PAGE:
By Chris Lane
By Jeff Balke
By Aaron Reiss
By Angelica Leicht
By Dianna Wray
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"I've been here for 16 years, trying to do good," says House, who last summer was responsible for the first new home built in Freedmen's Town in 50 years. "But there's been all of these complaints that Gladys House hasn't done anything. Well, the city never would give us the money that they're throwing at Houston Renaissance."
Nonetheless, everyone involved knew better than to ignore Gladys House, who has filed several complaints with HUD alleging bias in the city's awarding of federal housing funds. City housing officials organized meetings with the Freedmen's Town Association and Houston Renaissance, with the hope that the two groups could collaborate.
No one was surprised, however, when, in late summer 1995, Laguarta and House ended their brief affiliation, as philosophically opposed as the day they met. House now accuses Laguarta of stealing her ideas for redeveloping the Fourth Ward, though the homebuilder says House really didn't have much to offer.
"It became clear to us," says Laguarta, "that there was no compatibility on the basis of her skills and resources. Whether it was management style, experience, whatever, there just weren't the ingredients for a successful relationship."
House submitted her own EDI proposal last summer, a development of traditional single-family houses she envisioned would complement historic homes she hoped to rehabilitate. In December, three months after the city approved Renaissance's plan, she filed another complaint with HUD, alleging racial bias that "assured delivery of money to big developers rather than grass-roots, community-based and minority-run Freedmen's Town Association."
The complaint probably killed any chance that House might have of ever contributing to the Renaissance project, either as a subcontractor or by helping find potential buyers for the group. But in the opinion of Rice University's Stephen Fox, Houston Renaissance, by dismissing House's input, set a dangerous precedent for other neighborhoods the organization may have designs on in the future.
Fox says the revitalization of another inner-city community, the West End, is an example of how the Fourth Ward could be rebuilt. The neighborhood, north of Washington in the Shepherd-Durham area, is made up largely of Hispanic renters, most of them poor. In the past few years, a number of more affluent residents have moved in and rehabilitated old homes or built new ones without disrupting the lives around them. But generally, says Fox, community historic preservation is ignored in Houston.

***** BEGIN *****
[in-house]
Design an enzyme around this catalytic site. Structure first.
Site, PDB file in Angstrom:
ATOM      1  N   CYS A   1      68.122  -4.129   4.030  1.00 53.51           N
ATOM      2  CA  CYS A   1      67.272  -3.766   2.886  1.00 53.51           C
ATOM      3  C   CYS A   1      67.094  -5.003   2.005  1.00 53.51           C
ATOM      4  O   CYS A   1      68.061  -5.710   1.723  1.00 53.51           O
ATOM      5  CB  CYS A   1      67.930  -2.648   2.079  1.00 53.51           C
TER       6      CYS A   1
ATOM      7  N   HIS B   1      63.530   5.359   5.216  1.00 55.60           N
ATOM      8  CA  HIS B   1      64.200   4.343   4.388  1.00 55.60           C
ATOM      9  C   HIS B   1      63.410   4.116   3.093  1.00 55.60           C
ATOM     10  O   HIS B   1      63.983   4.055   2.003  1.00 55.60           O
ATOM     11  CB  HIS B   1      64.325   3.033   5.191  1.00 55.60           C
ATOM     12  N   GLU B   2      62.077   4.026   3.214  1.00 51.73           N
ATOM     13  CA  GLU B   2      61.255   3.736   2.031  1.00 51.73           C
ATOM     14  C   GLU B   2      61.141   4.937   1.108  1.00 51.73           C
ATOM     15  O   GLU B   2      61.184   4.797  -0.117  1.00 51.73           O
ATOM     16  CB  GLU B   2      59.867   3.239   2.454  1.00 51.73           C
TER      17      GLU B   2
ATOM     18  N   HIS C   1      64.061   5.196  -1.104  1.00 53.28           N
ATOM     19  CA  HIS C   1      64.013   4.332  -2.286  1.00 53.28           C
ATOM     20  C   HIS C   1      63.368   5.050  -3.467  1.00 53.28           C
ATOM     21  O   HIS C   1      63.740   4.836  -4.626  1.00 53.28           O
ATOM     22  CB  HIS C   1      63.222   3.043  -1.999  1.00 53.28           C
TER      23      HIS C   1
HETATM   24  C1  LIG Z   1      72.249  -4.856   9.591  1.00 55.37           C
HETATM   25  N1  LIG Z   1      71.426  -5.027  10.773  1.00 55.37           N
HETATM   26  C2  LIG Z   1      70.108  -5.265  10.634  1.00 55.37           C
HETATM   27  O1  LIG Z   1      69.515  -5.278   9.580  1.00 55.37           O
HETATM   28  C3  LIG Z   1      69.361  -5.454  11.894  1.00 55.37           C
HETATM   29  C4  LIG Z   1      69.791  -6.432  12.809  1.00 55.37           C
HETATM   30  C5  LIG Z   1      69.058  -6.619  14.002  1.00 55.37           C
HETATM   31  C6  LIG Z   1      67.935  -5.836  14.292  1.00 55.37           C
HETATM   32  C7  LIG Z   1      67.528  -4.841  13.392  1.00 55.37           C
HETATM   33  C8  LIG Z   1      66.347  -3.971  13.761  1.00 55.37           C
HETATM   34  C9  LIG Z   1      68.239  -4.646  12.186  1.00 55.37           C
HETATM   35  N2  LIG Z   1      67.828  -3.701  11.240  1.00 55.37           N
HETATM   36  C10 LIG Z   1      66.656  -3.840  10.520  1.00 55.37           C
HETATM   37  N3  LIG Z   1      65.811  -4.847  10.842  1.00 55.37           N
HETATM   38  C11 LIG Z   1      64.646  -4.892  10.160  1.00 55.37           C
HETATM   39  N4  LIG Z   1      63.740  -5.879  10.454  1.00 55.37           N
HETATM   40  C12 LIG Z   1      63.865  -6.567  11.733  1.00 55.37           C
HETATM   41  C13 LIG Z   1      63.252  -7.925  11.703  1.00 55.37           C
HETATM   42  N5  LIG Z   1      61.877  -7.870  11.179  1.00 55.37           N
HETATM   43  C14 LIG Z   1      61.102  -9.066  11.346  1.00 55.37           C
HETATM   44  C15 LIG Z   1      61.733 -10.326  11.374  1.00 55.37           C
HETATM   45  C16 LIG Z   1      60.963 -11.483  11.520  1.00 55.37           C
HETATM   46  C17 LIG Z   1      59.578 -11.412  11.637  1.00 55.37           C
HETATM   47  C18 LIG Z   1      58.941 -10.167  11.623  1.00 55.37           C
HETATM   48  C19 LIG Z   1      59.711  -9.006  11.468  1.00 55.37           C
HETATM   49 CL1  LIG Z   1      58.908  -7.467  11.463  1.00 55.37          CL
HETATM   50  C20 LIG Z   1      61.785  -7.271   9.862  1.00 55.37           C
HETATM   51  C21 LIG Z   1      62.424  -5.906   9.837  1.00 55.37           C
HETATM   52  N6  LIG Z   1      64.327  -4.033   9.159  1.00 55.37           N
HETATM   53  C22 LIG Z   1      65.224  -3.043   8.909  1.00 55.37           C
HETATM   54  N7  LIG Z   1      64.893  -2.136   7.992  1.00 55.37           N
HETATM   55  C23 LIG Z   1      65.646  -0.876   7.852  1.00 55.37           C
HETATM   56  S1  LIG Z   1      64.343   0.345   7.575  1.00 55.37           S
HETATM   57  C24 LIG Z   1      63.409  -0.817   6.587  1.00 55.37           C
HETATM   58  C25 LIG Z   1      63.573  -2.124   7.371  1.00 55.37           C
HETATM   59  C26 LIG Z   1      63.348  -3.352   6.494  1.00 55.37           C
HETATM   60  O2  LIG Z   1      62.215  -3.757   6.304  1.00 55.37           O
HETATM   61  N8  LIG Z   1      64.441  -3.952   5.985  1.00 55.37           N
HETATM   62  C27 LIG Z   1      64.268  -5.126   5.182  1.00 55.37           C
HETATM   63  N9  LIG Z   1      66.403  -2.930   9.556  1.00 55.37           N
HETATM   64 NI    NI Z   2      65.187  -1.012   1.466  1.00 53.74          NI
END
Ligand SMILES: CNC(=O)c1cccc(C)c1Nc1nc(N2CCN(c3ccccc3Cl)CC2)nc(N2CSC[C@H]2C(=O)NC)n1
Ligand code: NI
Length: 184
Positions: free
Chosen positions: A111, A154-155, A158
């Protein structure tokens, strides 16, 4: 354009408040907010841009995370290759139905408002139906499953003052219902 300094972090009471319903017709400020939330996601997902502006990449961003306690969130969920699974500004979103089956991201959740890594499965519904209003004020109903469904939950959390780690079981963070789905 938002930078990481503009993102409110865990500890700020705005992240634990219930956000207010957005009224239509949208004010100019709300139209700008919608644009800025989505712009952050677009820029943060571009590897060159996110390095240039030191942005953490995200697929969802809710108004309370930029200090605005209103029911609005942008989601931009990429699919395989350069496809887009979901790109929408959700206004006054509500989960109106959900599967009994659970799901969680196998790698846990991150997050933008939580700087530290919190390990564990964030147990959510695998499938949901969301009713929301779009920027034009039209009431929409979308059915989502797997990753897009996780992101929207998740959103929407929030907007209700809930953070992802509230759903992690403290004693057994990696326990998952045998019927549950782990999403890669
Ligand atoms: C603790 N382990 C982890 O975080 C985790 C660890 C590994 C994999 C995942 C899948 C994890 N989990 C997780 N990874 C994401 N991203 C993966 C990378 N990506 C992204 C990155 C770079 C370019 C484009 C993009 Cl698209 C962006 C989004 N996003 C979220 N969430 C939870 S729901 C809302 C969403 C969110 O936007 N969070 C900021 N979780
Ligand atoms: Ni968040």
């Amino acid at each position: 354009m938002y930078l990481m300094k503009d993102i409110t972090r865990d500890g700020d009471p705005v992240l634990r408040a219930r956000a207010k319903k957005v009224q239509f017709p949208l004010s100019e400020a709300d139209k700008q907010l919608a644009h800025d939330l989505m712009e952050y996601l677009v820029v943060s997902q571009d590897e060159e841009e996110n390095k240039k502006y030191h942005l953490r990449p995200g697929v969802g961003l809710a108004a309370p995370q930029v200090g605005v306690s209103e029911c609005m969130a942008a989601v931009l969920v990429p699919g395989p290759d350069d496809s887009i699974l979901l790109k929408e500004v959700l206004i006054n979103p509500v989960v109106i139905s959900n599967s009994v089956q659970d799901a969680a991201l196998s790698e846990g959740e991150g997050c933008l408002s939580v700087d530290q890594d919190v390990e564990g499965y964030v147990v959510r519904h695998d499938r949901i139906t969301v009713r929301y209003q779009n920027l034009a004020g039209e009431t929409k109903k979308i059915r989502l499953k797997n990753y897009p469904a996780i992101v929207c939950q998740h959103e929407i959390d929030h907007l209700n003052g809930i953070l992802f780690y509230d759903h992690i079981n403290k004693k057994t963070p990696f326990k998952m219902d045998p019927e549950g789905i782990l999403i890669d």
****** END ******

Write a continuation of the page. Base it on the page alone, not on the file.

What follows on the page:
"We tend to see it in extreme situations, which is either preserving it as a kind of perverse museum of racism and poverty or annihilating it and replacing it with something that is totally unconnected in any respect to what was there before."
Because of its past, fashioning the Fourth Ward's future is a sensitive endeavor that has already wrought considerable conflict. But there is little disagreement that something needs to be done.
A decade ago, the National Historic Register recognized Freedmen's Town as "one of the oldest and most important black communities in Houston," providing the "economic, spiritual and cultural focus" for the city's African-Americans.
Passing through the area today, it's difficult to make that connection. Streets are narrow and rutted and in some cases dead-end at litter-strewn lots or abandoned commercial property. Many of the old shotgun shacks are on the verge of collapse or have already fallen to the ground. And the extreme poverty that burdens Fourth Ward residents has prohibited even the spark of private redevelopment activity that you can now find in other depressed neighborhoods.
The average yearly income in the Fourth Ward is less than $10,000. Rents average about $200. Though Renaissance will be publicly subsidized, the nonprofit's success depends on its ability to operate like a private, for-profit developer. So far, that approach has found few real barriers; Renaissance has been able to do what developers do: assemble land, though the organization has no money to actually buy it.
But that's where life as Renaissance knows it ceases to exist. Before it can begin developing its first 680 home sites, the group has to reach an agreement with the city on the use of the $3.4 million grant. According to sources familiar with the negotiations, that has been anything but an easy process, with current talks essentially a struggle for control of the project.
"A lot of people who've been with the city for a long time and have watched this Fourth Ward thing want to see it done right," says one source. "I don't think they're concerned much with who's going to do it, but there's a real sensitivity to low-income people and minorities.
"I think what you've got now is the city in the middle, saying this is what we do and this is why we're here. They can't just write a contract and give it to Houston Renaissance."
Among the points of contention: How Renaissance wants to spend the grant, and what happens if it defaults and fails to generate 350 affordable homes. Correspondence between the group and the city's Legal Department indicate that Renaissance is seeking to delay development of some of the affordable housing units in order to proceed with the purchase of land on which market-rate housing will be built.
That strategy would generate revenue that the nonprofit could use to build out the Fourth Ward according to its master plan, which projects as many as 2,000 homes. It might also provide the capital needed to rebuild other neighborhoods, though Renaissance will not be obligated to develop low-cost housing in those places.